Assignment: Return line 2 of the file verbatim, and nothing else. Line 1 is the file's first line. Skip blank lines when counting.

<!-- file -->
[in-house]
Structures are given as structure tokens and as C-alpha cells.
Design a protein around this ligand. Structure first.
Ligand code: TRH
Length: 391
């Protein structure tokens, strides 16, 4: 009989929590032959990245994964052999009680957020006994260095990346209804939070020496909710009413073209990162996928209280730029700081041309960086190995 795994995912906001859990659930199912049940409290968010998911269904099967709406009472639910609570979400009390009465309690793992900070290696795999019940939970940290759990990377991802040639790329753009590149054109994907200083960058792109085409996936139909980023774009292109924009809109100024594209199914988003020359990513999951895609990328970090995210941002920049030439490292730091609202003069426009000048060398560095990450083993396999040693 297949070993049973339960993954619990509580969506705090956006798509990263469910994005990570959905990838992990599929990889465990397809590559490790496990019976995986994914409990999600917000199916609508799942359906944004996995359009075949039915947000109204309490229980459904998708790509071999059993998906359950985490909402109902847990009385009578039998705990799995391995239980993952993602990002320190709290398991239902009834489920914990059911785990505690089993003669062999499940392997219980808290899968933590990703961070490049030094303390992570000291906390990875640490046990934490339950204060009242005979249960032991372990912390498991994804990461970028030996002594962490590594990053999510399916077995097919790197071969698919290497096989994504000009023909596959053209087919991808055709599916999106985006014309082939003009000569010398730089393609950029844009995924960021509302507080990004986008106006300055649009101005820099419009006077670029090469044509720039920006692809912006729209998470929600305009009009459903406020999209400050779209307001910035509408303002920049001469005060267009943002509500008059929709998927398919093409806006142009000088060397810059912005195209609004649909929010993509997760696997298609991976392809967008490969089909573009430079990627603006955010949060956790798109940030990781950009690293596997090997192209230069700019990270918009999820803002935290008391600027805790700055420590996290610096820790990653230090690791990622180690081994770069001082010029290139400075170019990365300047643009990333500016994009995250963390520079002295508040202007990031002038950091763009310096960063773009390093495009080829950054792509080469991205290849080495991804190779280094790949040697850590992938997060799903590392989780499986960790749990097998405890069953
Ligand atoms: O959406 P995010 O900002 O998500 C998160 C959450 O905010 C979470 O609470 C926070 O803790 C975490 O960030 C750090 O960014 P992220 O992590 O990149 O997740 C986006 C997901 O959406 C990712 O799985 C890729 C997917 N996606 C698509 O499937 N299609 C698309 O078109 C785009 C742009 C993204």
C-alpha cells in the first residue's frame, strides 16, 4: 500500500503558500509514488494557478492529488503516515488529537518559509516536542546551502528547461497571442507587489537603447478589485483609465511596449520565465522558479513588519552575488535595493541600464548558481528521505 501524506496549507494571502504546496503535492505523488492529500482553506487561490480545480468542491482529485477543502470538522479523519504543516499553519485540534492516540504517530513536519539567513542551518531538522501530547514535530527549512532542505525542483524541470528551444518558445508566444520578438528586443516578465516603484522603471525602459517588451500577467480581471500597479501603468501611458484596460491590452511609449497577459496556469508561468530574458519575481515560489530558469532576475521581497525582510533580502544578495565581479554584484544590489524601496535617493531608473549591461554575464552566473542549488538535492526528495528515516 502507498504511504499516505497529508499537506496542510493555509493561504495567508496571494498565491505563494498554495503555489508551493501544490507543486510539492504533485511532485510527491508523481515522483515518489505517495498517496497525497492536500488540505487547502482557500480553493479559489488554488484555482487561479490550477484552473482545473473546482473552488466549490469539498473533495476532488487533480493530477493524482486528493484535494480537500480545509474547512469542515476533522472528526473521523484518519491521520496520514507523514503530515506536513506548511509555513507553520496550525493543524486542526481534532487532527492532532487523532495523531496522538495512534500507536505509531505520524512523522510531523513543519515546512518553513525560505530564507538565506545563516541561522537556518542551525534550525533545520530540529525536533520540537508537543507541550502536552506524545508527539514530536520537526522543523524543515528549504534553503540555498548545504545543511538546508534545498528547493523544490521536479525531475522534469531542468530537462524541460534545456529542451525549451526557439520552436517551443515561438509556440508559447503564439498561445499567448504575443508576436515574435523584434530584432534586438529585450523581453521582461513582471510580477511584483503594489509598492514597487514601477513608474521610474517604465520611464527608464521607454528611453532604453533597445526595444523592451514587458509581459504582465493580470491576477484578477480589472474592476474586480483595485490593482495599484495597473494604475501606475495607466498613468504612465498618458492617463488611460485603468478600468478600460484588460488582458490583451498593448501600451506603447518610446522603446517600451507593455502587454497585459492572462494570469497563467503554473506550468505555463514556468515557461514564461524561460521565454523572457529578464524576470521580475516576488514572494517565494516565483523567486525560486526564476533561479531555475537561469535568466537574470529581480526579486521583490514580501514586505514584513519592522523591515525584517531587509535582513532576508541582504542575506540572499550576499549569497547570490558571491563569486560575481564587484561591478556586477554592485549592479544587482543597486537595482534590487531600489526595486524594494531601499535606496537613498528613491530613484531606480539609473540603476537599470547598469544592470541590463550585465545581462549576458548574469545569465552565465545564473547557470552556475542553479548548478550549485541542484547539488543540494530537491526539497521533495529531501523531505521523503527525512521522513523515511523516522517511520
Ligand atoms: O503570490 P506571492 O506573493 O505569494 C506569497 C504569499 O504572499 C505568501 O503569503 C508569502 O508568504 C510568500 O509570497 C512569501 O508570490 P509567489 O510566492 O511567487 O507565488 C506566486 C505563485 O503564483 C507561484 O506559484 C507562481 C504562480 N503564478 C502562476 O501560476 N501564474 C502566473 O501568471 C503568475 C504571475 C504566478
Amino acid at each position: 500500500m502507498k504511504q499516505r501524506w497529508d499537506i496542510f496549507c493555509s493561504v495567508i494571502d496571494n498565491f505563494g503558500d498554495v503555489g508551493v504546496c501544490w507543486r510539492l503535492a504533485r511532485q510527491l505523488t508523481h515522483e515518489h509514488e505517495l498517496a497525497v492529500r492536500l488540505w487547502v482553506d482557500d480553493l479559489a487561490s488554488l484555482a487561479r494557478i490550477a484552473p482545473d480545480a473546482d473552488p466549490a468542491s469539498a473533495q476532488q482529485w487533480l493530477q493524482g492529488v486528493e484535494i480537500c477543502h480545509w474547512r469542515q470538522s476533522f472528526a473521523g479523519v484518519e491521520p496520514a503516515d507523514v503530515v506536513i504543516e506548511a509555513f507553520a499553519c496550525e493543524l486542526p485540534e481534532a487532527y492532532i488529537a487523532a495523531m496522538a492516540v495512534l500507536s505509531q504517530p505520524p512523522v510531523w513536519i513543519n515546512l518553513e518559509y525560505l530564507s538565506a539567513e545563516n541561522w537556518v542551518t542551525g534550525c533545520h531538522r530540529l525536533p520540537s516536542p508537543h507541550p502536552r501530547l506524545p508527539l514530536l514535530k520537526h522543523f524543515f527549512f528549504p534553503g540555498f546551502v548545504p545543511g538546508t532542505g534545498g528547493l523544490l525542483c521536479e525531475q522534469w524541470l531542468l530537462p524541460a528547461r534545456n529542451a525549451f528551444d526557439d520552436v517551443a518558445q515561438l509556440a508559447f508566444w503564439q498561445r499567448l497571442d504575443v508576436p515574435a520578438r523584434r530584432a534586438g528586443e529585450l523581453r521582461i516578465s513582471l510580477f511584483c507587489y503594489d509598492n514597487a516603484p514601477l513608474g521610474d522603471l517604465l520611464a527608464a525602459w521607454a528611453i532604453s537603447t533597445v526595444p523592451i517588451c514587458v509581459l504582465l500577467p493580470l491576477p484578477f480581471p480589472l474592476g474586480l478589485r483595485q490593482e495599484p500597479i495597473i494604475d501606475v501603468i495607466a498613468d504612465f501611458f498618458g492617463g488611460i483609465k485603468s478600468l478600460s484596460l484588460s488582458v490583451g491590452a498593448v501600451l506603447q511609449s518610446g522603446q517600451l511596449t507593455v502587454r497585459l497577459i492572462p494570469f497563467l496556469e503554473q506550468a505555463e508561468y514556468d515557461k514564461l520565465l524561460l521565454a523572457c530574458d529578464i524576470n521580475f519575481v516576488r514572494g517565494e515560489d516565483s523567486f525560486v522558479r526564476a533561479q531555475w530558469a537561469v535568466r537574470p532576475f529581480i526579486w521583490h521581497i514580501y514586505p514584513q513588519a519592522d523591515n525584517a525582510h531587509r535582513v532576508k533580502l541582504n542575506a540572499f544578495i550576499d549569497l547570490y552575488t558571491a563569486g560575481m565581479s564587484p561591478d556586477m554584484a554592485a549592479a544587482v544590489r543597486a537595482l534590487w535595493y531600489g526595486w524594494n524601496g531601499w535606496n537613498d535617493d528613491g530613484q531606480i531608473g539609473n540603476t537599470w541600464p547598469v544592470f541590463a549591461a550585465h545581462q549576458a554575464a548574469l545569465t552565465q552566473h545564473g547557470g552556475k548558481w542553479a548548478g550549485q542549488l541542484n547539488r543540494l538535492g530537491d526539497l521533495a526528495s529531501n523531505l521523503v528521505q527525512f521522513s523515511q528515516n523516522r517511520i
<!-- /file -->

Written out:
Structures are given as structure tokens and as C-alpha cells.